The last twelve months have seen an incredible comeback in the aluminium market. Thanks to sweeping fundamental changes in the way aluminium is produced and consumed, the metal has rocketed from lows of $1,700 to five-year highs, before settling around the $2,000 mark. But what caused such a remarkable turnaround, and will the forces that pulled aluminium back continue to strengthen the market in the coming year?
In 2017, the health of the global aluminium market was determined predominately by the smelters of the People’s Republic of China. As anyone who has even casually followed the aluminium market in 2017 well knows, capacity cuts carried out by Beijing over the past year have overshadowed the global market’s every move. Capacity cuts in the Middle Kingdom came from two initiatives – the culling of illegal aluminium capacity, and seasonal cuts made in an effort at smog reduction.
According to market experts, two factors should be taken into account when looking at the cuts enacted by Beijing. First, production numbers published by official sources have historically differed, often radically, from numbers published by independent, non-government numbers. However, according to most outside estimates, the production trend is following a downward trajectory. Current estimates show that from a high of 38.5 million in July, production in October dropped to 35.6 million tons per annum, and is expected to drop even further to 33-34 million tons per annum in the fourth quarter of 2017.
The second factor that calls for attention is the weak margins Chinese producers have endured. Although global aluminium prices have risen by around 23 percent through the end of November, the cost of inputs has risen as well, squeezing the profitability out of many of China’s aluminium producers. This fact has taken its toll on producers both within and without the 2+26 cities region, stamping out the majority of supply growth. As a result, inventories are likely to recede at aluminium warehouses across China.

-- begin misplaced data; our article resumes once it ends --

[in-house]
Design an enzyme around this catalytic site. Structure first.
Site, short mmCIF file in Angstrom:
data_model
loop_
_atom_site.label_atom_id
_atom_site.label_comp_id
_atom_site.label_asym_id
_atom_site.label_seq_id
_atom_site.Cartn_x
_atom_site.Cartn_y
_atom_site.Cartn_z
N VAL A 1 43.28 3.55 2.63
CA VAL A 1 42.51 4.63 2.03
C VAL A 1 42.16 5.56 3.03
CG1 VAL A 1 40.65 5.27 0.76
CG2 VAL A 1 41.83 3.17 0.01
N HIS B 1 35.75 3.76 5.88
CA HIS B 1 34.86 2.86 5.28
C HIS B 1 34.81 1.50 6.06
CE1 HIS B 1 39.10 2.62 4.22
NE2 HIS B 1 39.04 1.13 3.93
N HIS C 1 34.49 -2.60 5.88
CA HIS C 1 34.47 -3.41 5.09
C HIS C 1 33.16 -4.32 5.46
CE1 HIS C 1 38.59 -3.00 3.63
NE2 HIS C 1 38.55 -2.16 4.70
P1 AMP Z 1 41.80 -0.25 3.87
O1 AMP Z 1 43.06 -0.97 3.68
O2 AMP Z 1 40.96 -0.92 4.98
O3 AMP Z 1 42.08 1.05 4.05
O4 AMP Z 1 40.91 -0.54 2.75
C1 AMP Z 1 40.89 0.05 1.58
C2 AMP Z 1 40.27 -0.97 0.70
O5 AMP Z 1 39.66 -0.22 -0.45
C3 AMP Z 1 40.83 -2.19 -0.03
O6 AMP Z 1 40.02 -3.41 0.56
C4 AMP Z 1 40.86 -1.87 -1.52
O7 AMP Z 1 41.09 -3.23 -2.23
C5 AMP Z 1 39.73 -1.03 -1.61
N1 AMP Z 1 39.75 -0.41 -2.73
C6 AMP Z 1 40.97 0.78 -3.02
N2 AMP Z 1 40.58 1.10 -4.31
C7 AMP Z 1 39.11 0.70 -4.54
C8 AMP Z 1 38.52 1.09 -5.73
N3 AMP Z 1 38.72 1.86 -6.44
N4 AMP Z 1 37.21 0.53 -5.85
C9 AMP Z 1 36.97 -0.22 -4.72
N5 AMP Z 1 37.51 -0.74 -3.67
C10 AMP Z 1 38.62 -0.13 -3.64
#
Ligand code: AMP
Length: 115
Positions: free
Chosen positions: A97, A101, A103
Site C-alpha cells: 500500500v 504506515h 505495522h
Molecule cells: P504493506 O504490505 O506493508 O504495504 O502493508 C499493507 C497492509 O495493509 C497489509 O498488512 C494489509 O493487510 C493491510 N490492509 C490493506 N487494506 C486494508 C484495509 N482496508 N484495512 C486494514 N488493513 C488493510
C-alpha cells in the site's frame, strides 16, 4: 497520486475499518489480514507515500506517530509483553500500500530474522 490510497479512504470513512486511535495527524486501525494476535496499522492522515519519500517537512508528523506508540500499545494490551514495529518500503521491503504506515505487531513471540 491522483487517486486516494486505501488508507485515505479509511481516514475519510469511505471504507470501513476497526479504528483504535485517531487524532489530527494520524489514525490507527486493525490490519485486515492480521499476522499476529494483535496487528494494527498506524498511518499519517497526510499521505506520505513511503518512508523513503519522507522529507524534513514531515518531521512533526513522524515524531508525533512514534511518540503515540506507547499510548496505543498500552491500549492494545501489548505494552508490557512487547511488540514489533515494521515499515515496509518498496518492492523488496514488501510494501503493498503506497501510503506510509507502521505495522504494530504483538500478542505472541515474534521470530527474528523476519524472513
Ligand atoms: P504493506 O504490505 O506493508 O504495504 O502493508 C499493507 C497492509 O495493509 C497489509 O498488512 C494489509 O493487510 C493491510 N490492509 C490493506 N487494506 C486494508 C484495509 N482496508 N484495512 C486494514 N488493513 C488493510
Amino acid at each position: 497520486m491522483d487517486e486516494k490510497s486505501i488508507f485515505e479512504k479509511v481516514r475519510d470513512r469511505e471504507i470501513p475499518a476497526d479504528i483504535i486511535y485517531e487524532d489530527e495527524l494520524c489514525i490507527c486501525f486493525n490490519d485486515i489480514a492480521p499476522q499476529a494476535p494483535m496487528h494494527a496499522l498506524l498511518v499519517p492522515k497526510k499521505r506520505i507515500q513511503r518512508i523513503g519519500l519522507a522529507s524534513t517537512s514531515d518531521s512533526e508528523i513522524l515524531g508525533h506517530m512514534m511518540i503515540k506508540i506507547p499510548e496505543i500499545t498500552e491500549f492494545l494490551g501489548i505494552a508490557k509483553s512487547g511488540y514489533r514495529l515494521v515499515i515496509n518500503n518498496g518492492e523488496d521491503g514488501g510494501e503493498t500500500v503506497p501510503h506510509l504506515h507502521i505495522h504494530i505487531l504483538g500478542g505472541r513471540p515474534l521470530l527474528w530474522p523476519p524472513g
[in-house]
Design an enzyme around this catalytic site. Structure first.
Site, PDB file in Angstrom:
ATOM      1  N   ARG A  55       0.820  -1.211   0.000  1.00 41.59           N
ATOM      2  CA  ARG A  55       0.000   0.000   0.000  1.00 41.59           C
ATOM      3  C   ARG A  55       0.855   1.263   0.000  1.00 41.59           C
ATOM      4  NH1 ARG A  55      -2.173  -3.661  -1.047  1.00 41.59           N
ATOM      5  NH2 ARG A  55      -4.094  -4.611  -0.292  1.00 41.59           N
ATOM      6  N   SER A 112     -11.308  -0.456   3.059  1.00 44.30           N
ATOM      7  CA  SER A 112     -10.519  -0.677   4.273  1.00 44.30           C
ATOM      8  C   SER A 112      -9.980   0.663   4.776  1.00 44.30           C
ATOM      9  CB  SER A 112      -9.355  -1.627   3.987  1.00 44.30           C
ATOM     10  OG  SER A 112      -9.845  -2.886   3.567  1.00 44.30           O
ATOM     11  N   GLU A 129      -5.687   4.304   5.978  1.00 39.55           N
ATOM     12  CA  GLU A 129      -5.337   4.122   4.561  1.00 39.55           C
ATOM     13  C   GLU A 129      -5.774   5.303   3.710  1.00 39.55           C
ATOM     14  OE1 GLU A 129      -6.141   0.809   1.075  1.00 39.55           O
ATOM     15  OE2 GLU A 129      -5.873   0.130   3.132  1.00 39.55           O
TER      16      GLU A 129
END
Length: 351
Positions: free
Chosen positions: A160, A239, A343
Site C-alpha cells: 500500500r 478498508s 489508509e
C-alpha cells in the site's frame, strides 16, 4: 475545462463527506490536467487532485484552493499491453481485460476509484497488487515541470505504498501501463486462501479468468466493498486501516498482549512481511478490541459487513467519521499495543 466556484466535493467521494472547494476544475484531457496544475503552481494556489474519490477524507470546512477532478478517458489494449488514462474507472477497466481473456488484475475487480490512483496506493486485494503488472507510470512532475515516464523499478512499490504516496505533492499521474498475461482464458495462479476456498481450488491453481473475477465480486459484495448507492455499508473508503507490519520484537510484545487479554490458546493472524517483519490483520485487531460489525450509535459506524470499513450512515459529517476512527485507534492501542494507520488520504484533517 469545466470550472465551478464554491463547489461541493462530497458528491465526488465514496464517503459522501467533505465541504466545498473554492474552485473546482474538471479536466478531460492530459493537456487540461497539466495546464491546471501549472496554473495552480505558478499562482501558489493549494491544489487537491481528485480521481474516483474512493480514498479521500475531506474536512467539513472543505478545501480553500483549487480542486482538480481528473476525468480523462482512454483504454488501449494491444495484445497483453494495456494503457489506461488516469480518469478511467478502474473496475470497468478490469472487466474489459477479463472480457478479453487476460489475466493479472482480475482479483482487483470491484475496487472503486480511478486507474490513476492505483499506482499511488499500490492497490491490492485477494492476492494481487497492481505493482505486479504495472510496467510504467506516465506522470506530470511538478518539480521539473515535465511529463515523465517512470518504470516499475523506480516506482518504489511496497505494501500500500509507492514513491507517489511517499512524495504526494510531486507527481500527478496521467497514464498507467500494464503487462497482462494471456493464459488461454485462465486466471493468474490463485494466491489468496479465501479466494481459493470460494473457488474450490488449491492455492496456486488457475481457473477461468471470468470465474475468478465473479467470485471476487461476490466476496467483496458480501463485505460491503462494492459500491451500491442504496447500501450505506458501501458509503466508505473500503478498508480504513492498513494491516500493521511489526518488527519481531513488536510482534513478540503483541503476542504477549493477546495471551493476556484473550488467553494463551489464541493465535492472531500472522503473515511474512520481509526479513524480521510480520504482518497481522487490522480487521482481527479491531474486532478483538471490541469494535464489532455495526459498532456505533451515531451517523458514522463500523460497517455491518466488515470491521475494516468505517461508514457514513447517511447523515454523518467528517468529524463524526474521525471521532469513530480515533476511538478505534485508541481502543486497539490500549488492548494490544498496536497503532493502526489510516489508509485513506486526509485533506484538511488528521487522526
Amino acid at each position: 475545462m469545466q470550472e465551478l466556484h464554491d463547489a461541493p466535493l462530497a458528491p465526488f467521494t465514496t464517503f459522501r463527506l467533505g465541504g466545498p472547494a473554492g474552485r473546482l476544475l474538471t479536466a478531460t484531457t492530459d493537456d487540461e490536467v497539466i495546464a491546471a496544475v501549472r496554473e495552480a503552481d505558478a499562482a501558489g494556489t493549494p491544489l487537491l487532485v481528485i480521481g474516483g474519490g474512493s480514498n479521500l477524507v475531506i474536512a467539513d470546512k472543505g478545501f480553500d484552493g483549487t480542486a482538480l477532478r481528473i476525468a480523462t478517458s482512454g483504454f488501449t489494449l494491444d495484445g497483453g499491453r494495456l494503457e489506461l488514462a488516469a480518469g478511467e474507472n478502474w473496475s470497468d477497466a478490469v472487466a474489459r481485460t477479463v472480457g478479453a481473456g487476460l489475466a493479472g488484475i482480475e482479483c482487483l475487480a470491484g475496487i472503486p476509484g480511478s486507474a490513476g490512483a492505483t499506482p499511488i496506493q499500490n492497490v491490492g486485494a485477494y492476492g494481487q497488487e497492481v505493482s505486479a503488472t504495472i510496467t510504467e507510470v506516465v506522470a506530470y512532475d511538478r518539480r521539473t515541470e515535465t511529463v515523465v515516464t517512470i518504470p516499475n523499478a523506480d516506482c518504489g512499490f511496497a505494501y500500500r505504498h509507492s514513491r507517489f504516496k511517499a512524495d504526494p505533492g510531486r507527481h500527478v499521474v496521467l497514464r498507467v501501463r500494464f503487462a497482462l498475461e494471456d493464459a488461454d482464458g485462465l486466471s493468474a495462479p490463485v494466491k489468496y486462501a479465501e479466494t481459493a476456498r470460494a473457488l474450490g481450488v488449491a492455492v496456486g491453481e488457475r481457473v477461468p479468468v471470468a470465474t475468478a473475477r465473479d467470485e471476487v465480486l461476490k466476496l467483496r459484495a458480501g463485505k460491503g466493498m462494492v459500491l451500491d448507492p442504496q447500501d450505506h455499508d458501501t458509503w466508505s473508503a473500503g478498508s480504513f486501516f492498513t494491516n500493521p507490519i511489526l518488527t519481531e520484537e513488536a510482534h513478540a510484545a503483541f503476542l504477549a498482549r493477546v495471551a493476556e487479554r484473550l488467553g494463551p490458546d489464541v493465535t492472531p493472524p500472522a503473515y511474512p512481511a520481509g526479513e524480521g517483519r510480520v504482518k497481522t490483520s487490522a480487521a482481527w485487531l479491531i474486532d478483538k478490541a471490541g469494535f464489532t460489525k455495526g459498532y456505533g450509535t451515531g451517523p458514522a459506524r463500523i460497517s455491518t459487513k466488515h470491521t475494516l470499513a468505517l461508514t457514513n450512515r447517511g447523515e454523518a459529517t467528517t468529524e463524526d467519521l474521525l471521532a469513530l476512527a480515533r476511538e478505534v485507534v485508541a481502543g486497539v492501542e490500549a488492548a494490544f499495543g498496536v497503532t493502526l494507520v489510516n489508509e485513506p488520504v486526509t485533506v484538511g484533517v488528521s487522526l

At present, the lion’s share of aluminium smelters in China is not profitable. According to SMM, the average Chinese aluminium smelter is losing around CNY2,000 on each metric ton of smelted primary aluminium, which means that between 70 and 80 percent of the country’s installed capacity is losing money. Even though alumina prices have recovered slightly in the past several weeks, it still accounts for 23 percent of the Shanghai Futures Exchange price and 47 percent of the total cash cost of Chinese aluminium.
Of the inputs that have proven to be a limiting factor, alumina is perhaps the most critical. A scarce supply of bauxite ore, robust demand from aluminium smelters, cuts at Chinese plants, and intentional stockpiling at certain Chinese refineries conspired to push the price to a high of US$484 per metric ton in October. Prices have eased somewhat on account of 2+26 smelter cuts, but the price remains relatively high. Despite the increased availability of bauxite resources, cuts at China’s alumina refineries, which have been deeper in cases than those carried out at aluminium smelters, are likely to keep the market tight and prices high well into the coming year. At minimum, alumina prices are expected to remain at US$400/metric ton or better through to the end of winter cuts on March 15.
The cost and availability of thermal coal is also a limiting factor in China’s aluminium output. Supply over the past year has been problematic thanks to weather disruptions in Columbia, India, and Indonesia, and labor and transport concerns have hampered production in Australia. China’s domestic supply has faced a new and complicating issue in the form of increased influence on coal prices and production by central planners in Beijing. Market planners have striven to keep coal prices in a range between CNY550 and CNY750 per metric ton since early 2016. However laudable the goal may be, the execution has left much to be desired. As coal prices approached too closely to either limit, planners in Beijing have instituted the number of allowed run days or have forced disruptions to mine production under the auspices of safety inspections. Unfortunately for coal miners, such moves have largely been over-corrections in practice due to lags in implementation domestically and production ramp-ups abroad. All things considered, experts foresee a modest relaxation in coal prices in the next year. However, how great a factor this may play in boosting capacity restarts in 2018 remains up for debate.